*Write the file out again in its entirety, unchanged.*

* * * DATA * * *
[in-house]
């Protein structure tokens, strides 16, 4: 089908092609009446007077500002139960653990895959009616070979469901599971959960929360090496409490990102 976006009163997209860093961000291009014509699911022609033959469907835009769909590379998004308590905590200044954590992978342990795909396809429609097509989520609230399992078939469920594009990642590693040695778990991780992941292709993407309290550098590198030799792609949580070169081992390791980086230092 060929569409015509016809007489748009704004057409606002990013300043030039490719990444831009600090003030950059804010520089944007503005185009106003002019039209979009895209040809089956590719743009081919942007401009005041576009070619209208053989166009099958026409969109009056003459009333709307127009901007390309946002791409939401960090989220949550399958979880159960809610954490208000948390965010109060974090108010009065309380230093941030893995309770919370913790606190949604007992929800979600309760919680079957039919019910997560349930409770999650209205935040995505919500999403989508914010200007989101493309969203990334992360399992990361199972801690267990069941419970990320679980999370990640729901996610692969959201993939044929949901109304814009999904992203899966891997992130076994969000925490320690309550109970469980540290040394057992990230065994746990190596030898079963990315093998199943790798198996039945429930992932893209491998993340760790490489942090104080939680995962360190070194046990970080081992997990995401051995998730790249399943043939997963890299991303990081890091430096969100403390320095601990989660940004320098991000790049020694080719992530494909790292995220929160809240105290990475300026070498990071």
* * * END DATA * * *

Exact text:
[in-house]
């Protein structure tokens, strides 16, 4: 089908092609009446007077500002139960653990895959009616070979469901599971959960929360090496409490990102 976006009163997209860093961000291009014509699911022609033959469907835009769909590379998004308590905590200044954590992978342990795909396809429609097509989520609230399992078939469920594009990642590693040695778990991780992941292709993407309290550098590198030799792609949580070169081992390791980086230092 060929569409015509016809007489748009704004057409606002990013300043030039490719990444831009600090003030950059804010520089944007503005185009106003002019039209979009895209040809089956590719743009081919942007401009005041576009070619209208053989166009099958026409969109009056003459009333709307127009901007390309946002791409939401960090989220949550399958979880159960809610954490208000948390965010109060974090108010009065309380230093941030893995309770919370913790606190949604007992929800979600309760919680079957039919019910997560349930409770999650209205935040995505919500999403989508914010200007989101493309969203990334992360399992990361199972801690267990069941419970990320679980999370990640729901996610692969959201993939044929949901109304814009999904992203899966891997992130076994969000925490320690309550109970469980540290040394057992990230065994746990190596030898079963990315093998199943790798198996039945429930992932893209491998993340760790490489942090104080939680995962360190070194046990970080081992997990995401051995998730790249399943043939997963890299991303990081890091430096969100403390320095601990989660940004320098991000790049020694080719992530494909790292995220929160809240105290990475300026070498990071």